Imaginary TV launched with on-demand programs captured between cities in Africa, America, Asia, and Europe. It ranged from documentaries to performances by 20 artists handpicked by Abloh, and fashion show footage shot in Milan. He dedicated it to the self-expression of the featured talent. “Embedded within that are elements of the Off-White collection, whether it’s a look or they’re wearing their own clothes with a pair of Off-White gloves,” he explained. “It’s not about the branding. It’s about the brand being embedded within people, who I believe in giving my megaphone so their work can be seen.”
Acknowledging that Off-White now belongs to both of the outsider-insider poles he defines as “tourist vs. purist”—in this case, fashion fans vs. the fashion establishment— Abloh wanted to cement the brand’s continued democratic disposition. “You make a fashion brand to get a tribe of people to wear it, but my conception of the brand is that it doesn’t erase personality. It doesn’t say ‘wear this to be in the club.’ If you look at the people around me, Off-White comes with no prerequisites to wear the clothes. You can be of the Off-White tribe and not own a piece of clothing at all.”
Off-White is, of course, a brand distinguishable by its esoteric arrow logo, but Abloh manipulates ‘“logo fashion” to his advantage, imbuing it with progressive values that effectively create signaling between the diverse segments that buy and wear it. Speaking of segments, in Trumpian times some might argue with the idea that we need more TV. “We are living in one of the most polarizing times of America. You realize that media and information are commodified and, in that junction, things go off the rail very fast,” Abloh concurred. “But I want to make the media I want to see instead: What I grew up on, watching BET and MTV. It was super-formative and I want to keep that feeling in things that I make, even though they’re modernized.”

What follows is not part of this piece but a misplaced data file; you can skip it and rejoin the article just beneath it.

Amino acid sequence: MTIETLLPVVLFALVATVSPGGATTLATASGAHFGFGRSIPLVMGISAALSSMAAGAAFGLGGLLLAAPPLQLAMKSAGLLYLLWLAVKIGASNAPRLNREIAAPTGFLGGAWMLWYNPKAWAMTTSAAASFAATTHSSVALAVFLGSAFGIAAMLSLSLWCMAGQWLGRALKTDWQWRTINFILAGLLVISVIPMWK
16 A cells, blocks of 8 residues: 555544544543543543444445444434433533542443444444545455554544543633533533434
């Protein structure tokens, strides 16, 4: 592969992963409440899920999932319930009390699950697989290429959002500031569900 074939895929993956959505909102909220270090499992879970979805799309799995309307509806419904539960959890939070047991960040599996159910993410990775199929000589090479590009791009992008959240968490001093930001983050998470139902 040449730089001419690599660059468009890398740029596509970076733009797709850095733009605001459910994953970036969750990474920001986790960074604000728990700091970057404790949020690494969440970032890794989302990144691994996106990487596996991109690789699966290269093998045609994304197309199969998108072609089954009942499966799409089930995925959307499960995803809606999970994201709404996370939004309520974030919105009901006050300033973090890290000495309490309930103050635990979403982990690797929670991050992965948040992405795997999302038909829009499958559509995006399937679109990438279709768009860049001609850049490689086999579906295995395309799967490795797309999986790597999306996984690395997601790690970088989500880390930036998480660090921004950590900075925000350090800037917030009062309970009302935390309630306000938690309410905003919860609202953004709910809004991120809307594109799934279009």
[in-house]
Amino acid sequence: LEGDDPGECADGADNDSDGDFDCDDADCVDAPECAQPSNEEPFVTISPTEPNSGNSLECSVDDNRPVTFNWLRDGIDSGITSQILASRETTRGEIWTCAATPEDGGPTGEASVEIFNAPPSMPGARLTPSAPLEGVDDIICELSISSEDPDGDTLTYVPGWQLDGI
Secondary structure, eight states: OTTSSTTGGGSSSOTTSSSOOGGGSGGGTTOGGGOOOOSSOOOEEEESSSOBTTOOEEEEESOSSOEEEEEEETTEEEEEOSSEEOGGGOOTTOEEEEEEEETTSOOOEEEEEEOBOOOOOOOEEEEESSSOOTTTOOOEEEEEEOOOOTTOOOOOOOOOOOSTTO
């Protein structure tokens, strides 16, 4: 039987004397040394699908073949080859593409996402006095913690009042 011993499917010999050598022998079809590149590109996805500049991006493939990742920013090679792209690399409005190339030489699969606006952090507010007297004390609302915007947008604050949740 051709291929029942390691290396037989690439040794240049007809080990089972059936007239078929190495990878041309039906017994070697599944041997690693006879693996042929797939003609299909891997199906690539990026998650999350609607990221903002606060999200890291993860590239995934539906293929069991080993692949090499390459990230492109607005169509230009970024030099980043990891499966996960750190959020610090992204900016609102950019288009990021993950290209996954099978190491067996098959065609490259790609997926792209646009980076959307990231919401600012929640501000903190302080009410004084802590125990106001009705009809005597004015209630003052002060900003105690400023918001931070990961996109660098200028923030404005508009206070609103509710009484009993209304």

Don’t expect divisive cable news from Imaginary TV. But if it takes off, Abloh could find himself with a powerful platform on his hands. On YouTube, the short film he created for his Louis Vuitton collection last month—a poetic demonstration of antiracism—has had 1.1 million views. Multiply that with its infinite reposts on social media channels, and the fact it’s only been live for two weeks, and you’re looking at near-future ratings to rival those of a Michael Jackson music video on MTV during Abloh’s formative 1990s. The parallel here is the use of platform: humanitarian messages wrapped in pop and fashion and mesmerizing imagery, delivered to the masses like a much-needed spoonful of compassion.